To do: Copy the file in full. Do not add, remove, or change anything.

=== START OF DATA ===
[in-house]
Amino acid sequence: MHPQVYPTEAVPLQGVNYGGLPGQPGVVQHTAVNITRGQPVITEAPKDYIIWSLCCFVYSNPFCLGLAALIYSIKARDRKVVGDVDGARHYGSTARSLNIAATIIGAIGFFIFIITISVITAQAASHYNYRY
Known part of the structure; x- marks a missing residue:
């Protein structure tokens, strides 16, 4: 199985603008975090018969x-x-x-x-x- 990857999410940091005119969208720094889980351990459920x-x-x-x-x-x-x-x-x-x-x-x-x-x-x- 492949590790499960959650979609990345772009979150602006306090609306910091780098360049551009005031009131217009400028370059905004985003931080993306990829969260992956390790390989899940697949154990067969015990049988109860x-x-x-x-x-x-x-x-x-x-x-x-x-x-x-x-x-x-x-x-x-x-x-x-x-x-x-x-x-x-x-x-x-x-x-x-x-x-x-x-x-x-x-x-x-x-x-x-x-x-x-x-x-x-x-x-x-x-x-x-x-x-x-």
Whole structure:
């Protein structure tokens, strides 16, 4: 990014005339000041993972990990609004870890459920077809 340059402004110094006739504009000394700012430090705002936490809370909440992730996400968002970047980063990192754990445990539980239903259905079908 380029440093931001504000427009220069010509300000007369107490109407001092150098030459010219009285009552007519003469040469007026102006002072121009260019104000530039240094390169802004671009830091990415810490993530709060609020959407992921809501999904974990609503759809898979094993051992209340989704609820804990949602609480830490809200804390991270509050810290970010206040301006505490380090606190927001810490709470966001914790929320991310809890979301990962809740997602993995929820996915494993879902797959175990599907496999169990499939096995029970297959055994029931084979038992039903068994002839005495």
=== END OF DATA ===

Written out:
[in-house]
Amino acid sequence: MHPQVYPTEAVPLQGVNYGGLPGQPGVVQHTAVNITRGQPVITEAPKDYIIWSLCCFVYSNPFCLGLAALIYSIKARDRKVVGDVDGARHYGSTARSLNIAATIIGAIGFFIFIITISVITAQAASHYNYRY
Known part of the structure; x- marks a missing residue:
């Protein structure tokens, strides 16, 4: 199985603008975090018969x-x-x-x-x- 990857999410940091005119969208720094889980351990459920x-x-x-x-x-x-x-x-x-x-x-x-x-x-x- 492949590790499960959650979609990345772009979150602006306090609306910091780098360049551009005031009131217009400028370059905004985003931080993306990829969260992956390790390989899940697949154990067969015990049988109860x-x-x-x-x-x-x-x-x-x-x-x-x-x-x-x-x-x-x-x-x-x-x-x-x-x-x-x-x-x-x-x-x-x-x-x-x-x-x-x-x-x-x-x-x-x-x-x-x-x-x-x-x-x-x-x-x-x-x-x-x-x-x-």
Whole structure:
């Protein structure tokens, strides 16, 4: 990014005339000041993972990990609004870890459920077809 340059402004110094006739504009000394700012430090705002936490809370909440992730996400968002970047980063990192754990445990539980239903259905079908 380029440093931001504000427009220069010509300000007369107490109407001092150098030459010219009285009552007519003469040469007026102006002072121009260019104000530039240094390169802004671009830091990415810490993530709060609020959407992921809501999904974990609503759809898979094993051992209340989704609820804990949602609480830490809200804390991270509050810290970010206040301006505490380090606190927001810490709470966001914790929320991310809890979301990962809740997602993995929820996915494993879902797959175990599907496999169990499939096995029970297959055994029931084979038992039903068994002839005495």